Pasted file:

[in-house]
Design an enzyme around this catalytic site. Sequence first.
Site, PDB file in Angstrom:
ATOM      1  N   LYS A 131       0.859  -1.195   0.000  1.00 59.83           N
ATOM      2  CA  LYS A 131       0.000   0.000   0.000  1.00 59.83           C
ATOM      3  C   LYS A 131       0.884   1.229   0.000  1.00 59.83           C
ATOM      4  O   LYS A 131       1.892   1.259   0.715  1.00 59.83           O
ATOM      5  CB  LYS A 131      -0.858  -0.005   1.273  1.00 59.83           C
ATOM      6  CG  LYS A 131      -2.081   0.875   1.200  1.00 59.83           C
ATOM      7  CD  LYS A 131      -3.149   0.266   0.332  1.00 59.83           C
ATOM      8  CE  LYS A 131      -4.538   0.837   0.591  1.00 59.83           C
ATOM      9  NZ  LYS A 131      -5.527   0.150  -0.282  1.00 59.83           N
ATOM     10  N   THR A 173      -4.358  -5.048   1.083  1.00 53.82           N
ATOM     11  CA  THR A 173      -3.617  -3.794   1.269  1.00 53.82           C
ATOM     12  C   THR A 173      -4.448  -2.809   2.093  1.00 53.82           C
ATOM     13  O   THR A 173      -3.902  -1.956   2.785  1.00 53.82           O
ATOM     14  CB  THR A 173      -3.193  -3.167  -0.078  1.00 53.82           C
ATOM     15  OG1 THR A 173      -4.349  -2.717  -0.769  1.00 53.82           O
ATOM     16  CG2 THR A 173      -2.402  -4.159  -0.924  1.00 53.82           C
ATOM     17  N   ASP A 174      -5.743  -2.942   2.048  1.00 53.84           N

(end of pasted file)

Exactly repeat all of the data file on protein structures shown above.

[in-house]
Design an enzyme around this catalytic site. Sequence first.
Site, PDB file in Angstrom:
ATOM      1  N   LYS A 131       0.859  -1.195   0.000  1.00 59.83           N
ATOM      2  CA  LYS A 131       0.000   0.000   0.000  1.00 59.83           C
ATOM      3  C   LYS A 131       0.884   1.229   0.000  1.00 59.83           C
ATOM      4  O   LYS A 131       1.892   1.259   0.715  1.00 59.83           O
ATOM      5  CB  LYS A 131      -0.858  -0.005   1.273  1.00 59.83           C
ATOM      6  CG  LYS A 131      -2.081   0.875   1.200  1.00 59.83           C
ATOM      7  CD  LYS A 131      -3.149   0.266   0.332  1.00 59.83           C
ATOM      8  CE  LYS A 131      -4.538   0.837   0.591  1.00 59.83           C
ATOM      9  NZ  LYS A 131      -5.527   0.150  -0.282  1.00 59.83           N
ATOM     10  N   THR A 173      -4.358  -5.048   1.083  1.00 53.82           N
ATOM     11  CA  THR A 173      -3.617  -3.794   1.269  1.00 53.82           C
ATOM     12  C   THR A 173      -4.448  -2.809   2.093  1.00 53.82           C
ATOM     13  O   THR A 173      -3.902  -1.956   2.785  1.00 53.82           O
ATOM     14  CB  THR A 173      -3.193  -3.167  -0.078  1.00 53.82           C
ATOM     15  OG1 THR A 173      -4.349  -2.717  -0.769  1.00 53.82           O
ATOM     16  CG2 THR A 173      -2.402  -4.159  -0.924  1.00 53.82           C
ATOM     17  N   ASP A 174      -5.743  -2.942   2.048  1.00 53.84           N